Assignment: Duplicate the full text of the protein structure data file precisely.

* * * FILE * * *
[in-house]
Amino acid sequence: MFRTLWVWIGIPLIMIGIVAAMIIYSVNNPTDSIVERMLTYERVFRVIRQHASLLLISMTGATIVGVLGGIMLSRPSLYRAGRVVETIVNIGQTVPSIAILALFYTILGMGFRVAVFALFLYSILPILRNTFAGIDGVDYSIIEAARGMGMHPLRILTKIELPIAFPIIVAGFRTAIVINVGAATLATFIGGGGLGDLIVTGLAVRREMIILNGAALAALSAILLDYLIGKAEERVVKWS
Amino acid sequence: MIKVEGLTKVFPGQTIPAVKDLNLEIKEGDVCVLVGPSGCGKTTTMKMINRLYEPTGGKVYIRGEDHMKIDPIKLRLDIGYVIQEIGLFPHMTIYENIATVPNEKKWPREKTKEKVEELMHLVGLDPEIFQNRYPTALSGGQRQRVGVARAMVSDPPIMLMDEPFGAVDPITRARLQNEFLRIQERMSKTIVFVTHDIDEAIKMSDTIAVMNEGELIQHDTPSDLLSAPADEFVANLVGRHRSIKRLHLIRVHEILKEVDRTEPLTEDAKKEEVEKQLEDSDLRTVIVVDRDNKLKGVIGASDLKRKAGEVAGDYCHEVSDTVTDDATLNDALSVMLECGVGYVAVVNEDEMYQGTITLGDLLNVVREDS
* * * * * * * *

[in-house]
Amino acid sequence: MFRTLWVWIGIPLIMIGIVAAMIIYSVNNPTDSIVERMLTYERVFRVIRQHASLLLISMTGATIVGVLGGIMLSRPSLYRAGRVVETIVNIGQTVPSIAILALFYTILGMGFRVAVFALFLYSILPILRNTFAGIDGVDYSIIEAARGMGMHPLRILTKIELPIAFPIIVAGFRTAIVINVGAATLATFIGGGGLGDLIVTGLAVRREMIILNGAALAALSAILLDYLIGKAEERVVKWS
Amino acid sequence: MIKVEGLTKVFPGQTIPAVKDLNLEIKEGDVCVLVGPSGCGKTTTMKMINRLYEPTGGKVYIRGEDHMKIDPIKLRLDIGYVIQEIGLFPHMTIYENIATVPNEKKWPREKTKEKVEELMHLVGLDPEIFQNRYPTALSGGQRQRVGVARAMVSDPPIMLMDEPFGAVDPITRARLQNEFLRIQERMSKTIVFVTHDIDEAIKMSDTIAVMNEGELIQHDTPSDLLSAPADEFVANLVGRHRSIKRLHLIRVHEILKEVDRTEPLTEDAKKEEVEKQLEDSDLRTVIVVDRDNKLKGVIGASDLKRKAGEVAGDYCHEVSDTVTDDATLNDALSVMLECGVGYVAVVNEDEMYQGTITLGDLLNVVREDS